Bill Richardson on Environment
Democratic Governor (NM); Secretary of Commerce-Designee
Green Jobs Cabinet: build aggressive clean energy strategy
This week I will issue an executive order directing key state agencies--from education to workforce development, and from economic development to energy--to form a "Green Jobs Cabinet." This cabinet will build an aggressive clean energy strategy, so our
state educates, trains, and prepares a clean energy workforce.
On renewable energy, we lead by example, having nearly tripled our usage of wind- powered electricity over the last six years.
But each year our current electrical grid loses over one hundred megawatts of power through inefficiency and out-of-date technology.
I propose we lead the nation in the construction of a
Green Grid to harness the power of solar and wind, and use smart electronics to deliver energy to consumers cheaper and more efficiently. The Green Grid will also help us tackle the toughest environmental challenge we face--climate change.
Source: 2009 State of the State Address
, Jan 20, 2009
Invest in bike lanes & commuter bike facilities
European nations are continuing to invest in bike lanes and facilities. While Congress is funding “bridges to nowhere” in its huge, pork-laden annual highway bills, cities in Europe are working to get beyond car culture. It seems inconceivable that the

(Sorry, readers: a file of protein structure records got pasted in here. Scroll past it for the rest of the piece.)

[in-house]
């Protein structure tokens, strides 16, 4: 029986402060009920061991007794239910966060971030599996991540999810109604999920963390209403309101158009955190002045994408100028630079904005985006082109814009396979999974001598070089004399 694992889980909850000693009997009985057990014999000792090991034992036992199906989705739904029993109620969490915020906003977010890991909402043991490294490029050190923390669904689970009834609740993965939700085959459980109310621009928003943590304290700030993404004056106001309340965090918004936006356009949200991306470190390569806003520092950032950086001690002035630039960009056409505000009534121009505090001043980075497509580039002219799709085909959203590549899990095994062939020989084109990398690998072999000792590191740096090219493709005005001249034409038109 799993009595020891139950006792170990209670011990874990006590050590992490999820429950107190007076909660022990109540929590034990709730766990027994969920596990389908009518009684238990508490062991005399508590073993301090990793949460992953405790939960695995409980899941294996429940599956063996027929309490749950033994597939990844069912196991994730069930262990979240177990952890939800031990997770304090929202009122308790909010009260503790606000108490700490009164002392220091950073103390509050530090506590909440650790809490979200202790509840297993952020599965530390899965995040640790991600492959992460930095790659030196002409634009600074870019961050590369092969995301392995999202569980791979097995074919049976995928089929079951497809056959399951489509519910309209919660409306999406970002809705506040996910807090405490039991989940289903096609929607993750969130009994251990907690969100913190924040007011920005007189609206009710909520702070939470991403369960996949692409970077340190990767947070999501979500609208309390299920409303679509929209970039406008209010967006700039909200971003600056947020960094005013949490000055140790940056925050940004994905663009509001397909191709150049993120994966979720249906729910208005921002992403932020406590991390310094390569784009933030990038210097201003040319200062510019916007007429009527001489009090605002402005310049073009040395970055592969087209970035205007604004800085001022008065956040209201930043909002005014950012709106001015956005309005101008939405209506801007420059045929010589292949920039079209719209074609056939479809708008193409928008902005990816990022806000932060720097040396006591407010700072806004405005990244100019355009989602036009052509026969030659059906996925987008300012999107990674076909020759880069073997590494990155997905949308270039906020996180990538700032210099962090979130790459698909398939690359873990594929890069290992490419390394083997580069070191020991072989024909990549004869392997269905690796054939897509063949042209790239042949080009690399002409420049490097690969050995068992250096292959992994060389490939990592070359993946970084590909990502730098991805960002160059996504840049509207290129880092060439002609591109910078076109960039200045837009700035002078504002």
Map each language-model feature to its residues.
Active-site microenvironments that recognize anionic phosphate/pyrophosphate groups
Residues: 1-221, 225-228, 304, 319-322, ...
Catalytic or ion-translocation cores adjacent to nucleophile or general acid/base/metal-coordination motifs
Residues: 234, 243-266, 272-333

US would implement a strategy to get people onto bikes, even though they are healthy, affordable, eco-friendly and a great alternative to vehicles. But isn’t this something we should consider along with public transportation and more efficient vehicles?
Places like London, Amsterdam, Copenhagen and Paris have wet winters, like many of our cities. Yet people bike and are happy about it. There are bike lanes so riders don’t have to worry about car conflicts. There are huge bike parking lots near train
stations and commercial centers. This kind of investment makes tremendous long-term sense. I won’t accept the shibboleth that Americans won’t ride their bikes to work. If they could do so safely and conveniently, many would commute by bicycle regularly.
Source: Leading by Example, by Bill Richardson, p. 99-100
, Oct 26, 2007